Growing up, I knew only one of my grandparents. By the time I was born, my mother’s parents and my father’s father were all deceased. I was the fourth and last child in my immediate family. My parents were in their early forties when I was born. My Father was the second to the youngest of 9 children and my mother the youngest of four. Each of us was born later in the chain of events for our families. My parents’ parents were the first generation to immigrate from their families, so both my parents were first-generation Americans and they did not know their grandparents back in the “old country”.
Knowing my grandmother was quite different from many of my peers. The typical experience of grandparents portrayed on television and in other families showed a greater degree of involvement than my own. My interaction with my grandmother, also known as “Nunny”, was also limited by our greater distance from the geographical heart of the family. My grandmother was significantly advanced in years when I knew her. Of the first 17 years of my life, she was in her nineties for ten of them. I remember her gentleness and sweetness with us (although she was less so with my Aunt or my father on occasion), how she would speak to us in Italian without realizing it, how her wrinkled skin felt when we embraced, and the sound of her words due to the loss of her teeth. She would always give us grandchildren a couple dollars each when our visit was over. This donation caused a stir with my father who knew how limited her income was. I remember how saddened she was that we once put it back on her dresser before departing. It’s good to remember and, regardless of the limits of that relationship, she was a gift.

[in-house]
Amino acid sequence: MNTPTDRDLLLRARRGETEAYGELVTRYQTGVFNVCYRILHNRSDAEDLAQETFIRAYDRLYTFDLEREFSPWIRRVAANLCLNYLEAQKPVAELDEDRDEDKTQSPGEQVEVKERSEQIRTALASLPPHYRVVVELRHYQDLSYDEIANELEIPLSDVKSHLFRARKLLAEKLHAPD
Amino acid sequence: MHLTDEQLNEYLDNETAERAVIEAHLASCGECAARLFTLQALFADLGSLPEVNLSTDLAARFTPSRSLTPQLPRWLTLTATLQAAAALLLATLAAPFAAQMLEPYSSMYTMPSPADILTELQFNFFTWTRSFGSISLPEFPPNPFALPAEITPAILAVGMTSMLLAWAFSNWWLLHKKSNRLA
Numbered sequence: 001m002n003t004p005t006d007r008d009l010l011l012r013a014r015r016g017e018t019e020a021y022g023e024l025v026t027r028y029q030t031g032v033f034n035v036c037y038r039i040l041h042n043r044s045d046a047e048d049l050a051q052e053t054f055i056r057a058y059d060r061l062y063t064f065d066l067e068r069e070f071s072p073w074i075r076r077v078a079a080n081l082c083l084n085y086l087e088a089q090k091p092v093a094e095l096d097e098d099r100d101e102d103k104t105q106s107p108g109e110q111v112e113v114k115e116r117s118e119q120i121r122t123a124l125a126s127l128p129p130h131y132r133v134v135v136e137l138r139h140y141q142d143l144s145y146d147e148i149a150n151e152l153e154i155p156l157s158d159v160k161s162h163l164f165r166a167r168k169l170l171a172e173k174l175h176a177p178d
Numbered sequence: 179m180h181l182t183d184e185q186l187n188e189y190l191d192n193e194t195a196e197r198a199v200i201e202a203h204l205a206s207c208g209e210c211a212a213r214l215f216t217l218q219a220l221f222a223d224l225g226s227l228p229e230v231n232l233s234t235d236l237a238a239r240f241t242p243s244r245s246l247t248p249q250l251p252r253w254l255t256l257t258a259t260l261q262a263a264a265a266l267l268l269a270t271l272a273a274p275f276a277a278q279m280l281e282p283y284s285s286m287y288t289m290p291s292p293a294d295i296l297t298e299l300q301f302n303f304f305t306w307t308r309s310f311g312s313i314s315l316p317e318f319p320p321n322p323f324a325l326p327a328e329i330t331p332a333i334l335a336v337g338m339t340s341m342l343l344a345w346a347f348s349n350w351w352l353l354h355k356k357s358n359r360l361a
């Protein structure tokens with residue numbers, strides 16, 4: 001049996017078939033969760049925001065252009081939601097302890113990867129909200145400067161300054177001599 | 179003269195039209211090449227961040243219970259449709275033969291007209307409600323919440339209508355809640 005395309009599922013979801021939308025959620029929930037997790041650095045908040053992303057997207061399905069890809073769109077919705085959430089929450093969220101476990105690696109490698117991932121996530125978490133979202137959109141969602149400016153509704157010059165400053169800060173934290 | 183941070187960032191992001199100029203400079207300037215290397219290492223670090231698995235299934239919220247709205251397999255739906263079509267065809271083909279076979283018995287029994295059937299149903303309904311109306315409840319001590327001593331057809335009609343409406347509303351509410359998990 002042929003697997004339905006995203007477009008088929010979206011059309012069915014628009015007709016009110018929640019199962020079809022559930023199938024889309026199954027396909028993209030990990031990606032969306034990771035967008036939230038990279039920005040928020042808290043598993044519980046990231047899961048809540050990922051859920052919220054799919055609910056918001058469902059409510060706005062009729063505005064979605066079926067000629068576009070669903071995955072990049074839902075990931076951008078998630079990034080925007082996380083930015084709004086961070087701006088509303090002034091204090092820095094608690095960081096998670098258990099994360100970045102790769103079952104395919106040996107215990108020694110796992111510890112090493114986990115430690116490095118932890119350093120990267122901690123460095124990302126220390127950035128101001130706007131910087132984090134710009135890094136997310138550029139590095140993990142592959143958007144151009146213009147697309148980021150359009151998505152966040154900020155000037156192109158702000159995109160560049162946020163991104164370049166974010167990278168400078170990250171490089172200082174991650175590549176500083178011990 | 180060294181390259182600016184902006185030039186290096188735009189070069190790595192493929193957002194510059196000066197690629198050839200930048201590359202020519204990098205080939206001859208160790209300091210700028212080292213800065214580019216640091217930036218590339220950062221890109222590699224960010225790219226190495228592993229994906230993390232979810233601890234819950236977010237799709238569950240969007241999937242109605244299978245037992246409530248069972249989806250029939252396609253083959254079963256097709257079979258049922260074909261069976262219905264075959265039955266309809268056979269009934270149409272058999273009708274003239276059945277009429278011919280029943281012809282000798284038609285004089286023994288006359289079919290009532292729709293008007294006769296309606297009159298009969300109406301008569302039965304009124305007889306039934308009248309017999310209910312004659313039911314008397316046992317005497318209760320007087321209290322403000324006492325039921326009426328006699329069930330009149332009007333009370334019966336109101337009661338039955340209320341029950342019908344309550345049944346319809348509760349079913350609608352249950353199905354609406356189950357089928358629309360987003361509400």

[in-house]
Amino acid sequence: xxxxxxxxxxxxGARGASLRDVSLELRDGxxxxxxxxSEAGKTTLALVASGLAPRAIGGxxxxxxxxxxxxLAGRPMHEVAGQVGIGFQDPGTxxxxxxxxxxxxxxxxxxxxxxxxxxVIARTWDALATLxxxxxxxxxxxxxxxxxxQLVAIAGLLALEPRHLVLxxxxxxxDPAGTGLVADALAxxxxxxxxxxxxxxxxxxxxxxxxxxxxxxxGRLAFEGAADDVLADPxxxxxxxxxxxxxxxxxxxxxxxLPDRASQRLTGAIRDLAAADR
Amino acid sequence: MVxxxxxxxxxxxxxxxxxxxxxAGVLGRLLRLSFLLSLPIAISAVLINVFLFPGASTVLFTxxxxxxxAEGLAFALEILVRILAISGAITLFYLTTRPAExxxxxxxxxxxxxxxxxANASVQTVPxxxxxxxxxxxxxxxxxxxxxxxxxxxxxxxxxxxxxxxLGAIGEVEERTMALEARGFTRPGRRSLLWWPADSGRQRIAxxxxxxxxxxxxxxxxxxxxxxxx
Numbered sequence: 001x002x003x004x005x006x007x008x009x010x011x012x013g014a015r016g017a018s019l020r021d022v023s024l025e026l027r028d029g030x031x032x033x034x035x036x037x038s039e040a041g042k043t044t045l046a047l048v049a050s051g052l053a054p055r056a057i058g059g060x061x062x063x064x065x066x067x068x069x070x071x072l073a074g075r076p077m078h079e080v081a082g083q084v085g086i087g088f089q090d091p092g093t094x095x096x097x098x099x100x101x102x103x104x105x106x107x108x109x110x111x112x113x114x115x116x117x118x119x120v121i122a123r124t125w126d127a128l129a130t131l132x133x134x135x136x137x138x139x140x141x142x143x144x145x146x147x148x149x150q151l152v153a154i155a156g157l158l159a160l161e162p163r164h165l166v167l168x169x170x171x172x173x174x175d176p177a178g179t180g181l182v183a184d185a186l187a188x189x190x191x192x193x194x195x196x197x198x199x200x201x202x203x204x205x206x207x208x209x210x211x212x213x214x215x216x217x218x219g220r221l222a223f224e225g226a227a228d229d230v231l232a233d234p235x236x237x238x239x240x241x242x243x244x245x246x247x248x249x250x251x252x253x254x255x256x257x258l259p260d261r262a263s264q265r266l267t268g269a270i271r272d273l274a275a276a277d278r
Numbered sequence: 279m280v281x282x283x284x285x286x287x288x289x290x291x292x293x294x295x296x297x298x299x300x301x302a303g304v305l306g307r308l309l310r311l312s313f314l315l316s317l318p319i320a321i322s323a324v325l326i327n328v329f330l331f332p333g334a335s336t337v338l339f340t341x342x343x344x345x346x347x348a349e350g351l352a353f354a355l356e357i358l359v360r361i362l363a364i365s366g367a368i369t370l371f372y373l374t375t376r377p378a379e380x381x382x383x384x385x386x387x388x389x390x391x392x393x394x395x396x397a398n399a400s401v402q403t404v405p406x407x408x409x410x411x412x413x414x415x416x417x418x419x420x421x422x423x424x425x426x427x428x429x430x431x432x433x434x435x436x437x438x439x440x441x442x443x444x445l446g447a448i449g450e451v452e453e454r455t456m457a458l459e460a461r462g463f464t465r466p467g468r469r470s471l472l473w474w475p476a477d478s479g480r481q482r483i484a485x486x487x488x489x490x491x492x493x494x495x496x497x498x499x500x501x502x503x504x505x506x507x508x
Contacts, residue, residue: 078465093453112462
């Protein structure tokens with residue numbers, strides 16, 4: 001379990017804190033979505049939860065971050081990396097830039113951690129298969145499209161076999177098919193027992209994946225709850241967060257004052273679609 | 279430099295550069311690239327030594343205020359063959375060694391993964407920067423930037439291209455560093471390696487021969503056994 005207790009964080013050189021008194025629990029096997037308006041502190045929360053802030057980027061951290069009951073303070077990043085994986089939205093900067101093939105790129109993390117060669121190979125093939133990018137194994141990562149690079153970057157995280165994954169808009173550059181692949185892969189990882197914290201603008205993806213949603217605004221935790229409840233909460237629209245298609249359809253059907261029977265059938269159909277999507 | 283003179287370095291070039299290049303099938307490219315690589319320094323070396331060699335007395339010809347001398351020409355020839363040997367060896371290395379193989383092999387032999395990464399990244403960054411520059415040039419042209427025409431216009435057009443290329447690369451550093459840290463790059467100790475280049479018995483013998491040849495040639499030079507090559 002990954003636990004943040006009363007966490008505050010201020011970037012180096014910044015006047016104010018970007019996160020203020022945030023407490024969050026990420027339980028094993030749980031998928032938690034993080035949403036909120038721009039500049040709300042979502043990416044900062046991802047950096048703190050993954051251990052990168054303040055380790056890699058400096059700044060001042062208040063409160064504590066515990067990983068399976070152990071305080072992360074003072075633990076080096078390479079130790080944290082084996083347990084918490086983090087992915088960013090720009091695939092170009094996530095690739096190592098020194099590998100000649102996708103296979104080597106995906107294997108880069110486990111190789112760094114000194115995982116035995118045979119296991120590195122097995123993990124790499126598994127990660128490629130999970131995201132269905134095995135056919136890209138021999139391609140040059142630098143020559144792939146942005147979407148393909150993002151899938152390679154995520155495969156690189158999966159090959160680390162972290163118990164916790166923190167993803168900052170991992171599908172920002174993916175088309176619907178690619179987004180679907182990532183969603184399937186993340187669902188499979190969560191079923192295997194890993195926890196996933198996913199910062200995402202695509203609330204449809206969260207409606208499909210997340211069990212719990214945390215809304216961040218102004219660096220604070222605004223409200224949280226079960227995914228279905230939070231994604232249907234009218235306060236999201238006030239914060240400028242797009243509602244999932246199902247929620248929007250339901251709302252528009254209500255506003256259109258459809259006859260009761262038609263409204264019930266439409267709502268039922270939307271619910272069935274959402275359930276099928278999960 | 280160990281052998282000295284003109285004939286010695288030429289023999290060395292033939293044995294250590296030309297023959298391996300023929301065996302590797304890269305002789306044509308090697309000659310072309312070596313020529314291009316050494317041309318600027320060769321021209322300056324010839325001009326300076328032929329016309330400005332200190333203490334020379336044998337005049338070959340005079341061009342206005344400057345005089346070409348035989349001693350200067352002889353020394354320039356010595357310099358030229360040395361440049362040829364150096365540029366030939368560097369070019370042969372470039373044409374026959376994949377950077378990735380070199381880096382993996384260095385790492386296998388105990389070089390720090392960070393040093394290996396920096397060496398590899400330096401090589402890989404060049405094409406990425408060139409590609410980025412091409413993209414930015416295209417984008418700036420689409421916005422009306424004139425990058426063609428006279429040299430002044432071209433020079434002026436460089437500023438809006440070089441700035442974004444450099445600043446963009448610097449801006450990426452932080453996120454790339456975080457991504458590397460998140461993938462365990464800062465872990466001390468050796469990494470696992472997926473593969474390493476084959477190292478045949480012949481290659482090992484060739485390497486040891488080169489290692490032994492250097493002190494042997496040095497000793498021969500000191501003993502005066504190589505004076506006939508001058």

Akin to a grandmother, literally and figuratively, was my Aunt Ann. The eldest child in the family, she lived with and cared for my grandmother. She was my father’s elder by 21 years. She raised my father and some of her other siblings. She had three of her own children who were not all that much younger than my own parents, relatively speaking. Aunt Ann’s grandchildren were older than me and a few of the youngest were my age. She was not one of those permissive auntie types. Aunt Ann knew discipline, but she also knew love, which she knew by wisdom were one and the same. She would knit slippers for us, tell us the family history, and she enjoyed a good laugh. I recall the sound of that laughter, the silent moments she kept in her rocking chair praying and knitting, and how she would say each of our names. She was a gift.